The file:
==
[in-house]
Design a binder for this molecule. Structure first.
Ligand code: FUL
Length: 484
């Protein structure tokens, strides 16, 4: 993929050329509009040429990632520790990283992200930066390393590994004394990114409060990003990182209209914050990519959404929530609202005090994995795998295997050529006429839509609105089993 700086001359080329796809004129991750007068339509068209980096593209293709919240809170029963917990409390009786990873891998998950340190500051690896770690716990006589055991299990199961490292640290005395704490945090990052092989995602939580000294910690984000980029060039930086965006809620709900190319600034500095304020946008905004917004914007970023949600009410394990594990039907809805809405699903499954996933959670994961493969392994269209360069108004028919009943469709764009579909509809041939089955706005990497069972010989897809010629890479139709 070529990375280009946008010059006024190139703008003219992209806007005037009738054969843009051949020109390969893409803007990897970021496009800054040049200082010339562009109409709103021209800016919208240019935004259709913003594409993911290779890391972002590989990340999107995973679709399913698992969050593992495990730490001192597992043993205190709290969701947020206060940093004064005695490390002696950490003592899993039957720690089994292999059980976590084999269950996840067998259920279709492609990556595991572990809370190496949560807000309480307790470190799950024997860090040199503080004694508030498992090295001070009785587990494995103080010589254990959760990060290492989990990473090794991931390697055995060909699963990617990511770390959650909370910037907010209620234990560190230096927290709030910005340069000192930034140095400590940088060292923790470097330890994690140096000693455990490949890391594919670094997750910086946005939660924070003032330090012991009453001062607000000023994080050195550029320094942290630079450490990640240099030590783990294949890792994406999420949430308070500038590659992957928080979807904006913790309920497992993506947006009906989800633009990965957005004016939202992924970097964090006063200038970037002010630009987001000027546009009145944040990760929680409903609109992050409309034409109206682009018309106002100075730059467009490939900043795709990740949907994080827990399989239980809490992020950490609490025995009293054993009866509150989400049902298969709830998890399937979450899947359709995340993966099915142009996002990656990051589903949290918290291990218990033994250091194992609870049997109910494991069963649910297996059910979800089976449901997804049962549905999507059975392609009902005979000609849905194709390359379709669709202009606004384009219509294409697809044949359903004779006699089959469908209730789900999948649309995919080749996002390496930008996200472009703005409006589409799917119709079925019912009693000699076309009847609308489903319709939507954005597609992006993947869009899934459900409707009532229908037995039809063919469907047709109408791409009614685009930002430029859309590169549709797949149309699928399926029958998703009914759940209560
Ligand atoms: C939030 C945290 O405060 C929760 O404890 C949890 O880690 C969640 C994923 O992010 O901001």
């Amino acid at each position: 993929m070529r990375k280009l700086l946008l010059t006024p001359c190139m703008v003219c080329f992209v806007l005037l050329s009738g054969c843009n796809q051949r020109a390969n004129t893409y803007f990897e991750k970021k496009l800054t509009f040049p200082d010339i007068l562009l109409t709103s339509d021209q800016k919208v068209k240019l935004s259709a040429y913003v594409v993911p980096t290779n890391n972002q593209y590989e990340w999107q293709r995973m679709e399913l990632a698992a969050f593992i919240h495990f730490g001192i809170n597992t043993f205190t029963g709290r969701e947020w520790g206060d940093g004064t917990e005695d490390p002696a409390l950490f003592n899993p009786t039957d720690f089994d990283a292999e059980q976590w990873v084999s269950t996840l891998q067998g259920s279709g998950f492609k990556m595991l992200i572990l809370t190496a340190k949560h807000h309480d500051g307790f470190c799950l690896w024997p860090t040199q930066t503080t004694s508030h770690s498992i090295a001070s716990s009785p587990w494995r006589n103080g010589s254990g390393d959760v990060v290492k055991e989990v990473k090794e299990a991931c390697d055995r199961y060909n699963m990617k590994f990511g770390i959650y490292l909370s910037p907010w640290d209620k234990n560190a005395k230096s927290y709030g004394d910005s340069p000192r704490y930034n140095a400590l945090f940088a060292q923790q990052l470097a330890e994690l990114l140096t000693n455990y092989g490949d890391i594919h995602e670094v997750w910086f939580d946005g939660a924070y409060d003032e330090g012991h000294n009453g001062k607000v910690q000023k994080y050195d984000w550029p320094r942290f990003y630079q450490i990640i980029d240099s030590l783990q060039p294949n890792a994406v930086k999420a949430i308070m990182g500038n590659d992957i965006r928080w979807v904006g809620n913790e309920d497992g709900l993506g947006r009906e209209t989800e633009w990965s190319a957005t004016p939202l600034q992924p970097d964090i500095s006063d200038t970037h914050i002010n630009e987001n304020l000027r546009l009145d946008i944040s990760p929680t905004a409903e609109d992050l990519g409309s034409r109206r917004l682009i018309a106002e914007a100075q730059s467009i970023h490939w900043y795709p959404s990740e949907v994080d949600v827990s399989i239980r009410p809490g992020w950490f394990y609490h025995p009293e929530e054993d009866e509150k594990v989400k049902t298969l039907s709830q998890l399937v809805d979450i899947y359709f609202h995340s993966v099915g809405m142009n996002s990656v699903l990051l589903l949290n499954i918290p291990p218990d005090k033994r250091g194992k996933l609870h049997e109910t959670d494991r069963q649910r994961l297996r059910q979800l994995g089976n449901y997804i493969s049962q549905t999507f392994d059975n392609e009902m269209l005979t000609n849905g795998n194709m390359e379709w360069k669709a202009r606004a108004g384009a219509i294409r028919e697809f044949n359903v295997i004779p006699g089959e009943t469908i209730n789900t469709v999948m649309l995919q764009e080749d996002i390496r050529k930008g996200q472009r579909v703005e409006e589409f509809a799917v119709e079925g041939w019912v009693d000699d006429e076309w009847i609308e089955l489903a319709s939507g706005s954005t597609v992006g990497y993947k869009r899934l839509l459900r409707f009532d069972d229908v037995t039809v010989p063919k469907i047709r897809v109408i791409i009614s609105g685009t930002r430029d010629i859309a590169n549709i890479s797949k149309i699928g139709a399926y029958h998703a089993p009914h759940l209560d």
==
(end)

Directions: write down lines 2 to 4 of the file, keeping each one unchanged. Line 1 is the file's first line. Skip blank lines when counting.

Design a binder for this molecule. Structure first.
Ligand code: FUL
Length: 484